History of the monument

The Cairn of Barnenez is situated on the Kernéléhen peninsula, in northern Finistère (Brittany). It is one of Europe’s oldest examples of a construction made from durable materials. 

This vast megalith dates back to the Neolithic period, which saw the emergence of polished stone, livestock farming and agriculture. This curious, ancient construction stands at the top of a hill on the coast of the English Channel. It is notable for its elongated appearance and for its age, dating back to around 4500-3500 B.C.

The monument is particularly striking in terms of its size, measuring 72 metres long, approximately 20-25 metres wide (variable width) and 9 metres tall. In total, it features 6,500 to 7,000 m³ of stone and weighs between 12,000 and 14,000 metric tonnes. In fact, the site consists of two juxtaposed cairns, saved from destruction at the very last minute in 1955.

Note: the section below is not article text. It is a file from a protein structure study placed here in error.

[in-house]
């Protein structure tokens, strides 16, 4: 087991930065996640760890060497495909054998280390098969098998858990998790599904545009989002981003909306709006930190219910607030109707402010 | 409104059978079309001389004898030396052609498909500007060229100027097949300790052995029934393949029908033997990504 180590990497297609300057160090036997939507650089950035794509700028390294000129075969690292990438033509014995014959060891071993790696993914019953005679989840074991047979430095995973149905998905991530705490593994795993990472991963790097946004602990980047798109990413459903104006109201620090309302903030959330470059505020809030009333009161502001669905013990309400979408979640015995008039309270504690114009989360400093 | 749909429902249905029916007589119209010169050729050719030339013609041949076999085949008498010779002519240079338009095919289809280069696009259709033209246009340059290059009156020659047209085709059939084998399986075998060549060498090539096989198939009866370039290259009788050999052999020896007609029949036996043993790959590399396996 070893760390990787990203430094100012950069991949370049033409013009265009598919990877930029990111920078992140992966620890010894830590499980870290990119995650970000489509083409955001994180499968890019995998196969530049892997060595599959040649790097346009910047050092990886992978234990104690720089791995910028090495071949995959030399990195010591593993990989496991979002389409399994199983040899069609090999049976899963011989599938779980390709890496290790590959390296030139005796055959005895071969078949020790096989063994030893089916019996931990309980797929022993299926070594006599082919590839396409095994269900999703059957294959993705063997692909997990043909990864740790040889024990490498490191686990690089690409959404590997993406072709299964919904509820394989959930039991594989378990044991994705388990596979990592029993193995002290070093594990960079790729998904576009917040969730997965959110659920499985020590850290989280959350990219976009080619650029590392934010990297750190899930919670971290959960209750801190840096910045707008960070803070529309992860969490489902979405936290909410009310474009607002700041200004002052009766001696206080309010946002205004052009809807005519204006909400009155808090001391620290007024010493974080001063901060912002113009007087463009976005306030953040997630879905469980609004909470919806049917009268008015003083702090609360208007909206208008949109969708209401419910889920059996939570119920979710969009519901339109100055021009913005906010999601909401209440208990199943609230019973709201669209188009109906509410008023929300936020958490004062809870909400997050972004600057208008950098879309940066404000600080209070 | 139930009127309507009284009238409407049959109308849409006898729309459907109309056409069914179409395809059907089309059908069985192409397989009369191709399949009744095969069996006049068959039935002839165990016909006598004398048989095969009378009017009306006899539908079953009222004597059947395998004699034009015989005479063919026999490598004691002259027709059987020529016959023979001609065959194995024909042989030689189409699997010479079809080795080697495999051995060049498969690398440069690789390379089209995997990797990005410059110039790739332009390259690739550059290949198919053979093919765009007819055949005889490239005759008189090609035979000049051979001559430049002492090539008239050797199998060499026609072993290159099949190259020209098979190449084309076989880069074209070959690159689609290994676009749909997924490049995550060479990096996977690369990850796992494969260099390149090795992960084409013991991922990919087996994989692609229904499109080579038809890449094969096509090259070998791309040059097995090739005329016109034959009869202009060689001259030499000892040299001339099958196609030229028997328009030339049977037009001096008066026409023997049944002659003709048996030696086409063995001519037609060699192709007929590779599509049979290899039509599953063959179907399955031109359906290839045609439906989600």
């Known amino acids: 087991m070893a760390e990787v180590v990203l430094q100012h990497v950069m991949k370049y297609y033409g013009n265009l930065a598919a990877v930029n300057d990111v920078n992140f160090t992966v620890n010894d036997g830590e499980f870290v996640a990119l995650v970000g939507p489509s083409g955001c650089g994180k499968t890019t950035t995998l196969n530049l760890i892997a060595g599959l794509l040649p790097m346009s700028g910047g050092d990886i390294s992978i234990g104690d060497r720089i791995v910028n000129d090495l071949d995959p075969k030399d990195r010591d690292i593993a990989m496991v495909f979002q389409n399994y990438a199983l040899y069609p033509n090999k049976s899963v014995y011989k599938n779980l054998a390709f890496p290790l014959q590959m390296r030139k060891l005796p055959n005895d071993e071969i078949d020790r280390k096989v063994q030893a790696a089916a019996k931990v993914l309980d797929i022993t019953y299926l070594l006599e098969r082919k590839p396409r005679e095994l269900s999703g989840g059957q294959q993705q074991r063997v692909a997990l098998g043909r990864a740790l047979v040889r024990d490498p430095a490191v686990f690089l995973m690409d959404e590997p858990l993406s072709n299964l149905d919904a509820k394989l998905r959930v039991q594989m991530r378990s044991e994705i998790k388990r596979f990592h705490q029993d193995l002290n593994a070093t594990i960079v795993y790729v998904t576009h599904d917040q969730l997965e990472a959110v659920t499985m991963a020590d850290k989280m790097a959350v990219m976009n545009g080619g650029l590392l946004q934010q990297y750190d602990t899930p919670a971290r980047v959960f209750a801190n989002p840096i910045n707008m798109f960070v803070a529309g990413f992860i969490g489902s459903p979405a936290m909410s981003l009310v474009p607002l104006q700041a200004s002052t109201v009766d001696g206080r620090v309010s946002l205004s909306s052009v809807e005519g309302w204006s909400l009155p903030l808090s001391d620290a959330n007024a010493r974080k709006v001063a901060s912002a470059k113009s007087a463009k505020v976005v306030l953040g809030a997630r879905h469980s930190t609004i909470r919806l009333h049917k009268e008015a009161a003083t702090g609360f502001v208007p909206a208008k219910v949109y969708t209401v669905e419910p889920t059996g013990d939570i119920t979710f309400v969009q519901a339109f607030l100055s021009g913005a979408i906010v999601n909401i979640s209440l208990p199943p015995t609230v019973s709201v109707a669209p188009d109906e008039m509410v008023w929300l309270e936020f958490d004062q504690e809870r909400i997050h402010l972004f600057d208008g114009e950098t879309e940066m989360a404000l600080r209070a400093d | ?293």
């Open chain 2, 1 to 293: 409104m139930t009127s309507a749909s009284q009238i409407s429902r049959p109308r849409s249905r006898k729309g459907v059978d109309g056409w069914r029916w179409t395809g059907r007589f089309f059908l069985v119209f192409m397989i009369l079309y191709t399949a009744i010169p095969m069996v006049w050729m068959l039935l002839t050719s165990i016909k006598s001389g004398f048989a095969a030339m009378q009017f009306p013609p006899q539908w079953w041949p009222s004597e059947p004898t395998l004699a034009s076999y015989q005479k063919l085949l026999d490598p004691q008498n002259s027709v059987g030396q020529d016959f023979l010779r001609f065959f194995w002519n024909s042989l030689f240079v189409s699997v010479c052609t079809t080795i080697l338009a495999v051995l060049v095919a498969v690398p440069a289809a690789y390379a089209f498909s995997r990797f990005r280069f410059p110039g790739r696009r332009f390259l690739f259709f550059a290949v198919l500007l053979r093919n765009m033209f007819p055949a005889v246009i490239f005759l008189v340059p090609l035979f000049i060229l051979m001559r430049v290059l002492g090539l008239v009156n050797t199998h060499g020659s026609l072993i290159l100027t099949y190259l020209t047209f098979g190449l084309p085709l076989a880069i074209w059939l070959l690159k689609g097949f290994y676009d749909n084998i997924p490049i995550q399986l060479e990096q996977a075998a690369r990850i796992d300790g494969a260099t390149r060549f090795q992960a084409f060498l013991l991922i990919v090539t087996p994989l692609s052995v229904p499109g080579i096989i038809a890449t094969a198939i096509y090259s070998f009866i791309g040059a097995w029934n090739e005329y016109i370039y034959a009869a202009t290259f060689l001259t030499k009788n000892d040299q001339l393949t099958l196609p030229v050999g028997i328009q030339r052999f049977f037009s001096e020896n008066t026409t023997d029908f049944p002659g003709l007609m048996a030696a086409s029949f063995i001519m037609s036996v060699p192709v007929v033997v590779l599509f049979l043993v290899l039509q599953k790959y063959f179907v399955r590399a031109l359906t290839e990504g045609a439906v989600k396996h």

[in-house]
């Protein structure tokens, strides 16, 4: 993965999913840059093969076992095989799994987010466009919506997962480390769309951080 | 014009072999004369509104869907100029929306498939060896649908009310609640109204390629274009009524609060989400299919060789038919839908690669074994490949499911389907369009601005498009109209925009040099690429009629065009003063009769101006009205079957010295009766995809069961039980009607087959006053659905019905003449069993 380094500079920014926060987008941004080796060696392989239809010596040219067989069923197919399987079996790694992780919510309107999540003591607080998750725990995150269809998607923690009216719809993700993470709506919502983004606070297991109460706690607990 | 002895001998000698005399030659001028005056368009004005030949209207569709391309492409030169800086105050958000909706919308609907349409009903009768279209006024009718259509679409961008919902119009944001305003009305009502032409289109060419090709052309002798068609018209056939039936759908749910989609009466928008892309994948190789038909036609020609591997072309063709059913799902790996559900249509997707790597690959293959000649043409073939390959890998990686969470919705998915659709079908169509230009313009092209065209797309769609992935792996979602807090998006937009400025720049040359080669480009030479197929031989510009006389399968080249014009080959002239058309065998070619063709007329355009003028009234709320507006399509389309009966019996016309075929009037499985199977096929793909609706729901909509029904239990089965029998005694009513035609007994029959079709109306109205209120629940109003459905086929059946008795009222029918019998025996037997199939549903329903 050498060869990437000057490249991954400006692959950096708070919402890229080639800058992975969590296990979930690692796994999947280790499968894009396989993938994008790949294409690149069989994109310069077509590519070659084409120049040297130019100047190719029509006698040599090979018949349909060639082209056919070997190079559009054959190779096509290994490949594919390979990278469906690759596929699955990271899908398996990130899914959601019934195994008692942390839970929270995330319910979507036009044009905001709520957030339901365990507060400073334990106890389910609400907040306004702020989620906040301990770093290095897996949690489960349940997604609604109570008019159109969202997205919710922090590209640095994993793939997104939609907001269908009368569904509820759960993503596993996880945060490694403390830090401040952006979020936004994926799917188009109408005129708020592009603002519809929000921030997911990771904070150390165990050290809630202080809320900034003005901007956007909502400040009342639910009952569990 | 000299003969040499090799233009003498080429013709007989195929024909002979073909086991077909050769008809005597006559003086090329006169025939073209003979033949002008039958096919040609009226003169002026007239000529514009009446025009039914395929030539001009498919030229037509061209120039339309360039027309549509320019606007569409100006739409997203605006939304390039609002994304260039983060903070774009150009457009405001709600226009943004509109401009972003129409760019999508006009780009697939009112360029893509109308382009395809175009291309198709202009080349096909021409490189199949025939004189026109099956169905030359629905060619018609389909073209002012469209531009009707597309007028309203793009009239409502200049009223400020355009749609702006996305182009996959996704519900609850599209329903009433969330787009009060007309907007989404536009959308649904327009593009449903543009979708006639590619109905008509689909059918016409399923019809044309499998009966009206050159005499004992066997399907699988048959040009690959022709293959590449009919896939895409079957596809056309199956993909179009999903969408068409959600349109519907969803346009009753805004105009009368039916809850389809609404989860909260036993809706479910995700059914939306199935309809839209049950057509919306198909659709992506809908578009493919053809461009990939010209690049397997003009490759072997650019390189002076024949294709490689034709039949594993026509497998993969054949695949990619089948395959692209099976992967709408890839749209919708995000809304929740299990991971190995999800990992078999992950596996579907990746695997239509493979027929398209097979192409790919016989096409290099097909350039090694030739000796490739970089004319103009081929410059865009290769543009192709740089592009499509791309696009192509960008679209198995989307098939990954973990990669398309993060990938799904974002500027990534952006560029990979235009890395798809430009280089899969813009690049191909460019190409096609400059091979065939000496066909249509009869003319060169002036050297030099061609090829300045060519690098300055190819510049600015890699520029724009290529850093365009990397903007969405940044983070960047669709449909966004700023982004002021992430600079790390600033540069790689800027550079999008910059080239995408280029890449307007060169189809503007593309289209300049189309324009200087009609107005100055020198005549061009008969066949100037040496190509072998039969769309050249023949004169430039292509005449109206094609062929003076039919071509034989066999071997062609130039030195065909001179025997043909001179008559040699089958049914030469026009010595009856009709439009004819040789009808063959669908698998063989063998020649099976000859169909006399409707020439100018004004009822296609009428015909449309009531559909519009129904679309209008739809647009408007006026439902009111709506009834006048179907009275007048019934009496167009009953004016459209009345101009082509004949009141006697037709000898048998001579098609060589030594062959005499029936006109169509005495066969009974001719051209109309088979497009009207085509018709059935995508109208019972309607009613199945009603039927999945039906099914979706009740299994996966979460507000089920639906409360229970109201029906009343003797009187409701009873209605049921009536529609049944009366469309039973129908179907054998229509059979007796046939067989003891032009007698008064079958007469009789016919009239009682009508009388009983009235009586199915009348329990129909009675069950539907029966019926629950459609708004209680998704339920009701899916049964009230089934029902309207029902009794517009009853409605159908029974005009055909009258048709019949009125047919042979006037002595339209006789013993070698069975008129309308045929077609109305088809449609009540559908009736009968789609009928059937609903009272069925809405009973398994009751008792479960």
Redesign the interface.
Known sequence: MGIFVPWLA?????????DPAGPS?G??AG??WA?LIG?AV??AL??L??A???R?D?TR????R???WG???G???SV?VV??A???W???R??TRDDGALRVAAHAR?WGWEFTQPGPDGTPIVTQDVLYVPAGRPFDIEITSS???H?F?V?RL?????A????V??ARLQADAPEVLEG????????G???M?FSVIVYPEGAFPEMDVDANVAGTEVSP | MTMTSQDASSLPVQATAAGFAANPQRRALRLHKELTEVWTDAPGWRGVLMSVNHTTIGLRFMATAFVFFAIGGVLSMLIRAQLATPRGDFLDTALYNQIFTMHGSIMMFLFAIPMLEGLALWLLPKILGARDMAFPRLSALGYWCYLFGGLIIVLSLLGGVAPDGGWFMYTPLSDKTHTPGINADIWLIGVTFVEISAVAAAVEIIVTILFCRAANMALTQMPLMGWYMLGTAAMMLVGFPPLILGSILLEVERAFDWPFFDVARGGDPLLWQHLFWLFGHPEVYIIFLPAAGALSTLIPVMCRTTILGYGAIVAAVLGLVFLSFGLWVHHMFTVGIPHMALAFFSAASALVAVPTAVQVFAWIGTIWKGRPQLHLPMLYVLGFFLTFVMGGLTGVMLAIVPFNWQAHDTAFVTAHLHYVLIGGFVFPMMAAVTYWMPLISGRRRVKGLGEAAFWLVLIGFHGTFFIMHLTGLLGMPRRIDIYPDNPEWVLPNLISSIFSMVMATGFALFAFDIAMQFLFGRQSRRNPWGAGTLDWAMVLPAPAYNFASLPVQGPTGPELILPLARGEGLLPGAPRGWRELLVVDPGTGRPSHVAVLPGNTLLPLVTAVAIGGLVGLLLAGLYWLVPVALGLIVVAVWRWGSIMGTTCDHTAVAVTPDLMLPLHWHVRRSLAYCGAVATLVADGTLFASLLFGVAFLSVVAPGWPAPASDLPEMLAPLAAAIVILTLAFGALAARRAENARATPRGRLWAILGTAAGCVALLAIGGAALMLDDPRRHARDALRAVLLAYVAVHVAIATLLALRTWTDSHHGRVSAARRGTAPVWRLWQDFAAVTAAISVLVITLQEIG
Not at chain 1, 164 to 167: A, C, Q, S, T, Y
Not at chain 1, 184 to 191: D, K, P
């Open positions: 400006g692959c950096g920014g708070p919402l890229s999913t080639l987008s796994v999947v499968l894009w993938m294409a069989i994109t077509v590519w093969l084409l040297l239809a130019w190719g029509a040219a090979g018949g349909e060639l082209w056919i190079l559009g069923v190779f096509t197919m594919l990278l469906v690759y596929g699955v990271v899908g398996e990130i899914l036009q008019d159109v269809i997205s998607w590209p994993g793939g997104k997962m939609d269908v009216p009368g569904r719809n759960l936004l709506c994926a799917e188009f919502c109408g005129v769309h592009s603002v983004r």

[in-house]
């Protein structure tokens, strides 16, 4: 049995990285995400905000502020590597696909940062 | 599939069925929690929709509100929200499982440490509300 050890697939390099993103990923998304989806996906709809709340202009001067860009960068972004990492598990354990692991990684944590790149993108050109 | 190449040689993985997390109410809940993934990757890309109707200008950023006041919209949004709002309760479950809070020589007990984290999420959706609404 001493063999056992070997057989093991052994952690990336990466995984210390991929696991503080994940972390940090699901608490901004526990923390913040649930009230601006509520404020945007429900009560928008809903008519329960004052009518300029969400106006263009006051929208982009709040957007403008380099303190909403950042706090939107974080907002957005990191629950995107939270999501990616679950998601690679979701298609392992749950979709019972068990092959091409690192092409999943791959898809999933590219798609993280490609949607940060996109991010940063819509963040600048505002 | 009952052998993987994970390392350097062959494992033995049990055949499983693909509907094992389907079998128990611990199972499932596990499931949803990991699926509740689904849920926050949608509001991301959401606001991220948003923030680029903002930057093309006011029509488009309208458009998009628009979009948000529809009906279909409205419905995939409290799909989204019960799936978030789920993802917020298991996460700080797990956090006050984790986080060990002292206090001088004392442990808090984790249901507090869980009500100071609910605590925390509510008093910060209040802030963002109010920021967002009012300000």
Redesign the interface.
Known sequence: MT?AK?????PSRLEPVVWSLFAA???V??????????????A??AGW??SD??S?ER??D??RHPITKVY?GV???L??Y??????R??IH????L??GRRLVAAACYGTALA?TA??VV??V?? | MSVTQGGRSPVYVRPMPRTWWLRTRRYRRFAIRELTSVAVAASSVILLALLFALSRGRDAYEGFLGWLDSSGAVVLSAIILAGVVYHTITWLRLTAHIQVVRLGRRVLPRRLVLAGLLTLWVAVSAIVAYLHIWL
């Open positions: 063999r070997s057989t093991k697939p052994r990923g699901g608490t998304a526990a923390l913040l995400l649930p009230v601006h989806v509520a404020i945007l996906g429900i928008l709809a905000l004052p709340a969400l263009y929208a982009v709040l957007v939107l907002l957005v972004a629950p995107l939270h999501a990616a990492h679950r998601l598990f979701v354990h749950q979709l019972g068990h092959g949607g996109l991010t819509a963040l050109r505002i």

The stones are decorated with idol crests, V-shaped engravings and dotted axes. Other finds at the monument have included numerous pieces of flint, shards of pottery and polished axes.